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Rental Vacancies Poised to Drop

Rental BHAs lease expirations decline on single-family rental securitizations, vacancies have started to level off. And according to Morningstar Credit Ratings recent Single-Family Research, those vacancies are likely to drop in the near future.

According to Morningstar’s research, which looks at property-level information across rental securitizations, lease expirations slipped from 9 percent in July—its 2017 high—to 6.2 percent by September. Average vacancies stayed largely steady for the month, ticking up just 0.1 percent since August.

But that slight increase likely won’t continue, Morningstar reports.

“The average vacancy rate increased slightly to 5.9 percent in September, but the decline in expiring leases could indicate a corresponding decline in the average vacancy rate soon,” the report stated.

Vacancies were highest in the Houston metro area, where 9.8 percent of properties sat vacant for the month. Sarasota-Bradenton-Venice, Florida also had a high vacancy rate at 7.7 percent.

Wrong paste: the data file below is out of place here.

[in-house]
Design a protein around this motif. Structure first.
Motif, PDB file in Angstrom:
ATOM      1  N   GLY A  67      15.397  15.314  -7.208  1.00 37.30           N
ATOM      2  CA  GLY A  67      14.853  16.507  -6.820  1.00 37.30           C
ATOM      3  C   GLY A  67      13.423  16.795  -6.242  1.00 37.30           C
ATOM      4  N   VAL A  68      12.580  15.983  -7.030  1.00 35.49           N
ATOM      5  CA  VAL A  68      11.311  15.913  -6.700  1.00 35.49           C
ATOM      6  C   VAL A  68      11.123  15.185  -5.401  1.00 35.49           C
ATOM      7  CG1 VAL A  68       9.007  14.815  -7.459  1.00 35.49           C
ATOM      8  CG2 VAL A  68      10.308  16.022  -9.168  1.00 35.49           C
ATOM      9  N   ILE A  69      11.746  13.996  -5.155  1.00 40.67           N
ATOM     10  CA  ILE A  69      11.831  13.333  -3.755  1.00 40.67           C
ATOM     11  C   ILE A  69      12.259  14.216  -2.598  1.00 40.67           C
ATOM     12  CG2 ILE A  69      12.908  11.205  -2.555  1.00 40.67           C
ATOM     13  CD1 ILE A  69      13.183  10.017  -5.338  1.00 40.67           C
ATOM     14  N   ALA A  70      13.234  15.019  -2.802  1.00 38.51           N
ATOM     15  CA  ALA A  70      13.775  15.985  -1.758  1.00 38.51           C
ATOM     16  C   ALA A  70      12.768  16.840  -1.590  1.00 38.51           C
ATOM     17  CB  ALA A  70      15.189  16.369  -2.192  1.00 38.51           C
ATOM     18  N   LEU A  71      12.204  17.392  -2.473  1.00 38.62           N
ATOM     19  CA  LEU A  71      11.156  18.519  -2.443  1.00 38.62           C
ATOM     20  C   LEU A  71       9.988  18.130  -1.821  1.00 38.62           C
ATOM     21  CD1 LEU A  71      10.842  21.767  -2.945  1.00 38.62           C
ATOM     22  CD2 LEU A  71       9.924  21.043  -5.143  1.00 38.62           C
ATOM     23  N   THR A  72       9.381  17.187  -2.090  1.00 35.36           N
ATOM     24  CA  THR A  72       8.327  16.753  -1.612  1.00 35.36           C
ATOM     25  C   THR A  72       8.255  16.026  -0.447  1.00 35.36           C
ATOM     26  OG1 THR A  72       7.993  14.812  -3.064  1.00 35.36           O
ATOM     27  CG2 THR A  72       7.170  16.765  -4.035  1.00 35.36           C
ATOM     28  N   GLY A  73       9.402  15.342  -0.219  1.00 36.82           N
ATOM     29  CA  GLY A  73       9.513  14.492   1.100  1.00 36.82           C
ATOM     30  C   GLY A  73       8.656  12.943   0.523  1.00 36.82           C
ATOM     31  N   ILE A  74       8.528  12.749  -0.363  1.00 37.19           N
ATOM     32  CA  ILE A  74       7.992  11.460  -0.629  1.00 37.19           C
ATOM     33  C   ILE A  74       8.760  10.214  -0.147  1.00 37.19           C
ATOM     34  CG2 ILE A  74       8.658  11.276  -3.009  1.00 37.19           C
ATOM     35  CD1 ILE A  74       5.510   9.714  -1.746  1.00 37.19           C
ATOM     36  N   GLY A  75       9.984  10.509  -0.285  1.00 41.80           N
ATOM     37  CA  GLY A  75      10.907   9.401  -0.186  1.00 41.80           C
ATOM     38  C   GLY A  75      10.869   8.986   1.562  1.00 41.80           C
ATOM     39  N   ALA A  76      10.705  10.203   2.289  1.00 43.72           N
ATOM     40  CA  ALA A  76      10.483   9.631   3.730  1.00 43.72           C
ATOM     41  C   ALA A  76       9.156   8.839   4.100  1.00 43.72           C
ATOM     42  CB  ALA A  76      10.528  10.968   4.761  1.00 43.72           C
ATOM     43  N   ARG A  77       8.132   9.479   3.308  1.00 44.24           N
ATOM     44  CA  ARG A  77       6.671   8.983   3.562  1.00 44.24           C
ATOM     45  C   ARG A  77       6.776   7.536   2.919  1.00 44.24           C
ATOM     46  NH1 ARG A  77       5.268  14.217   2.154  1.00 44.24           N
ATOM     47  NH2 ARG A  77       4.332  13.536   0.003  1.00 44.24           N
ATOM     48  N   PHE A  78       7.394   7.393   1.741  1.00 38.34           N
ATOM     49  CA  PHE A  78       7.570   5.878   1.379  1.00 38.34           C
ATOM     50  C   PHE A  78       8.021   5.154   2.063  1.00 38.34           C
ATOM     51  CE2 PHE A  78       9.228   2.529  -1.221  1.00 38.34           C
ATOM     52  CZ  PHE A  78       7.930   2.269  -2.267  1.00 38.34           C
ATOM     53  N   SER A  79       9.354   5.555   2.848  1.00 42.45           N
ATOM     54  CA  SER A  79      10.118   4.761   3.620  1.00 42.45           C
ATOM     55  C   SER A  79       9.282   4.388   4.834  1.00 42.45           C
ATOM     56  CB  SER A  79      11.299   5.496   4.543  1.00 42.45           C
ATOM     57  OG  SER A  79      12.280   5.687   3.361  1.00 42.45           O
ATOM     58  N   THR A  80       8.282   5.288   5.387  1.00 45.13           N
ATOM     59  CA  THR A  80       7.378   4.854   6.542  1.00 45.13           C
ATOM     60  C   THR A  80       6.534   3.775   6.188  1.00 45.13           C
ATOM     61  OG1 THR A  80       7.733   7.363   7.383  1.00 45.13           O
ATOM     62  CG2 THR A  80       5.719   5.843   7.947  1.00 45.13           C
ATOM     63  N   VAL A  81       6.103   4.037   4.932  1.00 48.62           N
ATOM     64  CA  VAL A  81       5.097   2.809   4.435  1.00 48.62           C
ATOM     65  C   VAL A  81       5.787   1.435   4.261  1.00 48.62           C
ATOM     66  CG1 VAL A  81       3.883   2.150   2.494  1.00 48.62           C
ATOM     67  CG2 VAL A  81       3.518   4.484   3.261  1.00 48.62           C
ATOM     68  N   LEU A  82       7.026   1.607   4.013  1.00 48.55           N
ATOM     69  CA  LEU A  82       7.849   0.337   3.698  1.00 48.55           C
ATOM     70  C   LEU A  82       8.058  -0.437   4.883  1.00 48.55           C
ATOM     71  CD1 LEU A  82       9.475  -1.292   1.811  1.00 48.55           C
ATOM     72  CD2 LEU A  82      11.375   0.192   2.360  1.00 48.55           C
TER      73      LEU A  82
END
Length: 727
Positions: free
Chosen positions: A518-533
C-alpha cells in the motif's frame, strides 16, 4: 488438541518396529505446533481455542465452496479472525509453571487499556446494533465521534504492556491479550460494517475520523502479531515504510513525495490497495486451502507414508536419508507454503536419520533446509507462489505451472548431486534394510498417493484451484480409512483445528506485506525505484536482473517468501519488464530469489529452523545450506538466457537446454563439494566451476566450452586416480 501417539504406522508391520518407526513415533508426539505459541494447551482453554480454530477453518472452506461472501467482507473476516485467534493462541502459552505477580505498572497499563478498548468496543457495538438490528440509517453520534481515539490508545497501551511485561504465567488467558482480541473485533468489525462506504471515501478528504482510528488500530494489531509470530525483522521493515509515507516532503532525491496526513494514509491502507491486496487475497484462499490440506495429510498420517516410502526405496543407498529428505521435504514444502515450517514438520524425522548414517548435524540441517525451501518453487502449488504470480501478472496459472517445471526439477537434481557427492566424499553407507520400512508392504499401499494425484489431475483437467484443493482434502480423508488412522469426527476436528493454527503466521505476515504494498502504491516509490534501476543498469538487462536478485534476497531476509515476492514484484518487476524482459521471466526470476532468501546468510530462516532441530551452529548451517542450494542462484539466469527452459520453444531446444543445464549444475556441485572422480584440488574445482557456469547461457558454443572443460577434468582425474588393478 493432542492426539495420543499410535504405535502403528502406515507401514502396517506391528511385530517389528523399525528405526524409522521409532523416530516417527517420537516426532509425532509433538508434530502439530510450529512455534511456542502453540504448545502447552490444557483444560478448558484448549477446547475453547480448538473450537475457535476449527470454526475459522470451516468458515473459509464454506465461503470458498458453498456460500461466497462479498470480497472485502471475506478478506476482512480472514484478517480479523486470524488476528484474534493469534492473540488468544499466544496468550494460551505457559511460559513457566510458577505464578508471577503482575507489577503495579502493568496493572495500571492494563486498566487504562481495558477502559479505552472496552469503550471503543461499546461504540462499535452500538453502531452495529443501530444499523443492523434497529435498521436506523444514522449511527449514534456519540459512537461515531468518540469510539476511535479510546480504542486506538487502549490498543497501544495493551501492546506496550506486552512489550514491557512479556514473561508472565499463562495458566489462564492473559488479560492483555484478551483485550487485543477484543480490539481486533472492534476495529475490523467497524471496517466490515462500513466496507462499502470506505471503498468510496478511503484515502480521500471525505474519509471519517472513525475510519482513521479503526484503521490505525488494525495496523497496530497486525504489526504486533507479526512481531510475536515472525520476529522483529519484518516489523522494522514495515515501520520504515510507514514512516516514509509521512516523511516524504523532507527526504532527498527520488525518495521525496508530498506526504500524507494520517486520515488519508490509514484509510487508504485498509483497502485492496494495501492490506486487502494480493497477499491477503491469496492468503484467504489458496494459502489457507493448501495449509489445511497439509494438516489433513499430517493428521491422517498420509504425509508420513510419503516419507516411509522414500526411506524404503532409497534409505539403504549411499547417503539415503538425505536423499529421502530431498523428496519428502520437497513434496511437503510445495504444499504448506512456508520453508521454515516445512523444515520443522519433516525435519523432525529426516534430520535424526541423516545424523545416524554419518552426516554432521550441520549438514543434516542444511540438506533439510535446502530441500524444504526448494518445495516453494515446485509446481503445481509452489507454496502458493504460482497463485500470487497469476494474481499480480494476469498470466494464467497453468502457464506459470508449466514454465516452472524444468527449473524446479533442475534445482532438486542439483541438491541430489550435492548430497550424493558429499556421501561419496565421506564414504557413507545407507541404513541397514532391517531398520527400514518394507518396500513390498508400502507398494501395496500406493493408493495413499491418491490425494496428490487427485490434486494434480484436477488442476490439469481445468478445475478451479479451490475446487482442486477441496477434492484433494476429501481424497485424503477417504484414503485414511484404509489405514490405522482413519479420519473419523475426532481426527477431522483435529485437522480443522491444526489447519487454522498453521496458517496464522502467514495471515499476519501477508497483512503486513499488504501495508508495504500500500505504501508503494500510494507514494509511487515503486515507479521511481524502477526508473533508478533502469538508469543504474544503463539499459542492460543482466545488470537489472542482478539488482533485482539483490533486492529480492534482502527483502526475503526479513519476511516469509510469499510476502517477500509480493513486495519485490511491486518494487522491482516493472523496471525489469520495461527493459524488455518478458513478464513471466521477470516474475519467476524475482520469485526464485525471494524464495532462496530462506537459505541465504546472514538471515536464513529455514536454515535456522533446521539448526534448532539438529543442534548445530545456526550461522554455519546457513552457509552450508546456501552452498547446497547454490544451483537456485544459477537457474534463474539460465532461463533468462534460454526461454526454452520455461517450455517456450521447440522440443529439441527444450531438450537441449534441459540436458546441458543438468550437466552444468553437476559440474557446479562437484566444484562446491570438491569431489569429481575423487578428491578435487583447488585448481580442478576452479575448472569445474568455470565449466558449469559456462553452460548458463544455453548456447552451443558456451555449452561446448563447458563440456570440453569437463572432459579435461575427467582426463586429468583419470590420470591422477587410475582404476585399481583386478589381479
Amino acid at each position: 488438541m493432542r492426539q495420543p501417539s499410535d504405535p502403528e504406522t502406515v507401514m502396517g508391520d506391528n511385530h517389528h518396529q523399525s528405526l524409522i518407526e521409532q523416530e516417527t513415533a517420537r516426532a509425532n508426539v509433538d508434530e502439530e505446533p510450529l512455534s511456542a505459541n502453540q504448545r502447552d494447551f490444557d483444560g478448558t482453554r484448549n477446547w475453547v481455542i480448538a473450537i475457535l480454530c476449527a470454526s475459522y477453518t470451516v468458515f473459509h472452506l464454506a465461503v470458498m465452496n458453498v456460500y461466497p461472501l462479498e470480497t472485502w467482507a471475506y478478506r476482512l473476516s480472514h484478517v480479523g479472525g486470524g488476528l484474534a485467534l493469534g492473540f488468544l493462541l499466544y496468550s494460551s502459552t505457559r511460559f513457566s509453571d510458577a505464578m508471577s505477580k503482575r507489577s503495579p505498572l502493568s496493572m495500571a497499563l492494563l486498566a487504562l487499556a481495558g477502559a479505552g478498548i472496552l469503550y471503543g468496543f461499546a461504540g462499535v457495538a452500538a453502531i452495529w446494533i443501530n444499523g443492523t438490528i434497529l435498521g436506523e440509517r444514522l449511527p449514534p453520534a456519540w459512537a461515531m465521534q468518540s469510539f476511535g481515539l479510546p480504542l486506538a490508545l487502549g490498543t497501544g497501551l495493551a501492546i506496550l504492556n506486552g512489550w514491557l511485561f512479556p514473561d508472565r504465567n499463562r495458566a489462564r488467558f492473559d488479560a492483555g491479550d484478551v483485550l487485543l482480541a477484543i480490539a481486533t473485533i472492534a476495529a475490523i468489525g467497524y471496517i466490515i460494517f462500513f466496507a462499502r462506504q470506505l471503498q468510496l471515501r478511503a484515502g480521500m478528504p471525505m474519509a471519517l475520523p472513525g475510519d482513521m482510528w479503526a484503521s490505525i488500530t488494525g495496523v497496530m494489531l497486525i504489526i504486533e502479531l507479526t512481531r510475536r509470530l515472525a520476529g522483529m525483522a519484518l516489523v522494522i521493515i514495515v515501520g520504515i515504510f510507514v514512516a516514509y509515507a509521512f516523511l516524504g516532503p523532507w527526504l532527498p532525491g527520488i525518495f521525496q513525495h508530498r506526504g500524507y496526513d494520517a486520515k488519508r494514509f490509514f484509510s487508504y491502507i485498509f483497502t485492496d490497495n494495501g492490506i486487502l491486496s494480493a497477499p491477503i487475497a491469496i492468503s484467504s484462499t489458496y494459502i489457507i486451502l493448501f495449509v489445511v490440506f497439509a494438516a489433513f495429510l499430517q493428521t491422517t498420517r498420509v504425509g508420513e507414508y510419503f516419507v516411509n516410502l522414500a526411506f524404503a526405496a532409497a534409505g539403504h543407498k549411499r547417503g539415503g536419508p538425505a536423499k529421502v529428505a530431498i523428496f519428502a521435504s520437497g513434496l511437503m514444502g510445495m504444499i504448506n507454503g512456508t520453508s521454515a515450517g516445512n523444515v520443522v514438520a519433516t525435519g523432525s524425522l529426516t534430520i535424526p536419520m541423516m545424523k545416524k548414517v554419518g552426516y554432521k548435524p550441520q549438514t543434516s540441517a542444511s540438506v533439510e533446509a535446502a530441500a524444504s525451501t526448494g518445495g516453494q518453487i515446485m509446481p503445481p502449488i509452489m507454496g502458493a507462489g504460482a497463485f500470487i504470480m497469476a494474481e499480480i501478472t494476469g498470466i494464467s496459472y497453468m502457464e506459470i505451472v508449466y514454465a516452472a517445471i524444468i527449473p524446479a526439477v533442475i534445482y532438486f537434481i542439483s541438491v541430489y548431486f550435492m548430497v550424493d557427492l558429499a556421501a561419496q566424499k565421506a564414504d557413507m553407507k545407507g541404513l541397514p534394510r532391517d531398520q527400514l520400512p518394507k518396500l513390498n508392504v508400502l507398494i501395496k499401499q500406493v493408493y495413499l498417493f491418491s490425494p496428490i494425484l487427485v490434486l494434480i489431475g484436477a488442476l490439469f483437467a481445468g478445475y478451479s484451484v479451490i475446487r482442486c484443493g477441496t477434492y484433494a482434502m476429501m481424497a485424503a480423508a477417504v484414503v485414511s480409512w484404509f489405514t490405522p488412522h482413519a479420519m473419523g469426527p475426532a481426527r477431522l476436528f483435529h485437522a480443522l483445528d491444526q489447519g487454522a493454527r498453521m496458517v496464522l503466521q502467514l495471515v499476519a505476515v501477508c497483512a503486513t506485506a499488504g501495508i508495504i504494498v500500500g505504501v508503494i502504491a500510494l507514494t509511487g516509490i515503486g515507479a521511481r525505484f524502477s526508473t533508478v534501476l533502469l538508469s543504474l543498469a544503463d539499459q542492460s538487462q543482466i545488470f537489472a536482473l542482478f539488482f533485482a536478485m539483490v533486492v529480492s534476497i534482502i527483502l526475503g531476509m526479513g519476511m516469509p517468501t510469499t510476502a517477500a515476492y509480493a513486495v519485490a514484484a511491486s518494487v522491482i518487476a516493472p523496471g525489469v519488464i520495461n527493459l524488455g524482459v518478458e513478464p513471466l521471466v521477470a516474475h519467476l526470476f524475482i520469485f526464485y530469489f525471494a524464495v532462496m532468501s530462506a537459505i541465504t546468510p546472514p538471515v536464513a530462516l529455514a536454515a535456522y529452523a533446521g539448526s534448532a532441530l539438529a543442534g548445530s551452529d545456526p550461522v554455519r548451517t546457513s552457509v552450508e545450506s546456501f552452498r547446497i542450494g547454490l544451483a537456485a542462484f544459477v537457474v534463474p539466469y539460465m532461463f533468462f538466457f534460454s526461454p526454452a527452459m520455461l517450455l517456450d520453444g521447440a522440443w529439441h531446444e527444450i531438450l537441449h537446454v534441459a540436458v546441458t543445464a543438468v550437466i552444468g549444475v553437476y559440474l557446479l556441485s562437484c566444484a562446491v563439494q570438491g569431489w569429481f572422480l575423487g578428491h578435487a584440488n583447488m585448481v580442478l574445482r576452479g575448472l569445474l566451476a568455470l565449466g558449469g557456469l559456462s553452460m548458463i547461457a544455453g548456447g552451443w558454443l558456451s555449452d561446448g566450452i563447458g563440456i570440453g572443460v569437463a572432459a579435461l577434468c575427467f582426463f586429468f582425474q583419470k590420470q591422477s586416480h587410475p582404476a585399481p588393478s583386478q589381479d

According to Morningstar, it’s unsure if there’s a link between vacancy rates and the two states’ recent natural disasters.

“At this time, it is too early to attribute any changes in local rental markets to hurricanes Harvey and Irma,” Morningstar reported.

Delinquencies on rental securitizations rose incrementally for the month, increasing 0.8 percent. Nine securitization deals showed delinquency rates of 1 percent or higher—up from just four deals the month before.

Rents also rose across single-family rental pools as well, jumping about 3.5 percent in September. Rents rose most on recently renewed properties.

“For August, the latest month for which data is available, the rent change for vacant-to-occupied properties was 1.5 percent, while the rent change for renewal properties was at 4.4 percent,” Morningstar reported.

Still, despite upticks, rents are largely on pace with estimates set out by RentRange, an online tool offering rent comparisons and rental estimates. The biggest exception was the Sarasota-Bradenton-Venice metro area, where renewal rents were actually lower than most RentRange estimates.

About Author: Aly J. Yale

Aly J. Yale is a longtime writer and editor from Texas. Her resume boasts positions with The Dallas Morning News, NBC, PBS, and various other regional and national publications. She has also worked with both the Five Star Institute and REO Red Book, as well as various other mortgage industry clients on content strategy, blogging, marketing, and more.
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